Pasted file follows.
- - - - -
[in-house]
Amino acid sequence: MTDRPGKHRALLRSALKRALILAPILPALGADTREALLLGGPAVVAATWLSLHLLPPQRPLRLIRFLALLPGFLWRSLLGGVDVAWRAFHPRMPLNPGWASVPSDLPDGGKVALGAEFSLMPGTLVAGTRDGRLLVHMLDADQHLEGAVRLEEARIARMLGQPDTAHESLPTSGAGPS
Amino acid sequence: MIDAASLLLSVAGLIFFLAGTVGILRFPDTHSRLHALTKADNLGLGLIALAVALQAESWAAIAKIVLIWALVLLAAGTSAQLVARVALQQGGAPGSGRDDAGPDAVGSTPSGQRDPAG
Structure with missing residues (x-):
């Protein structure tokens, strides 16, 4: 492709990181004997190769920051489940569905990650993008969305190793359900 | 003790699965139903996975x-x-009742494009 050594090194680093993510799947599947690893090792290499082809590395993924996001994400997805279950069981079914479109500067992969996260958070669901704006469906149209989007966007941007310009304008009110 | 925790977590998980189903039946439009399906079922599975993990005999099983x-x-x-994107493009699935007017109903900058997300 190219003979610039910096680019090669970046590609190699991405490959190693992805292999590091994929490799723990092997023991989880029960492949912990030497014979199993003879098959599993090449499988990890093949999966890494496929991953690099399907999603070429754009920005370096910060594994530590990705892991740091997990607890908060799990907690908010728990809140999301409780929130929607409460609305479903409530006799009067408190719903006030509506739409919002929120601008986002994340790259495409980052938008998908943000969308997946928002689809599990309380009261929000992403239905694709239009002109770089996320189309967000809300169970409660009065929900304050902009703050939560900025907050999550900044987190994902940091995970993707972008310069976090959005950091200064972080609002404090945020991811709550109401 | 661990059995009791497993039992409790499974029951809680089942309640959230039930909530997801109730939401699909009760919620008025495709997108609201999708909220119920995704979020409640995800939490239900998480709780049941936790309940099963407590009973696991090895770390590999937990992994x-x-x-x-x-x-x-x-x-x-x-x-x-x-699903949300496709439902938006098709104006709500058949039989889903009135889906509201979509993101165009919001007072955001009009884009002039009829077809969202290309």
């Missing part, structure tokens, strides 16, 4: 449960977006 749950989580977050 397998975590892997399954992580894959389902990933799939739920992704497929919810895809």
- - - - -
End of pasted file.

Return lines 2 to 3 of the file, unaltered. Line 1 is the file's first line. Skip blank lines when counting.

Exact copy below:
Amino acid sequence: MTDRPGKHRALLRSALKRALILAPILPALGADTREALLLGGPAVVAATWLSLHLLPPQRPLRLIRFLALLPGFLWRSLLGGVDVAWRAFHPRMPLNPGWASVPSDLPDGGKVALGAEFSLMPGTLVAGTRDGRLLVHMLDADQHLEGAVRLEEARIARMLGQPDTAHESLPTSGAGPS
Amino acid sequence: MIDAASLLLSVAGLIFFLAGTVGILRFPDTHSRLHALTKADNLGLGLIALAVALQAESWAAIAKIVLIWALVLLAAGTSAQLVARVALQQGGAPGSGRDDAGPDAVGSTPSGQRDPAG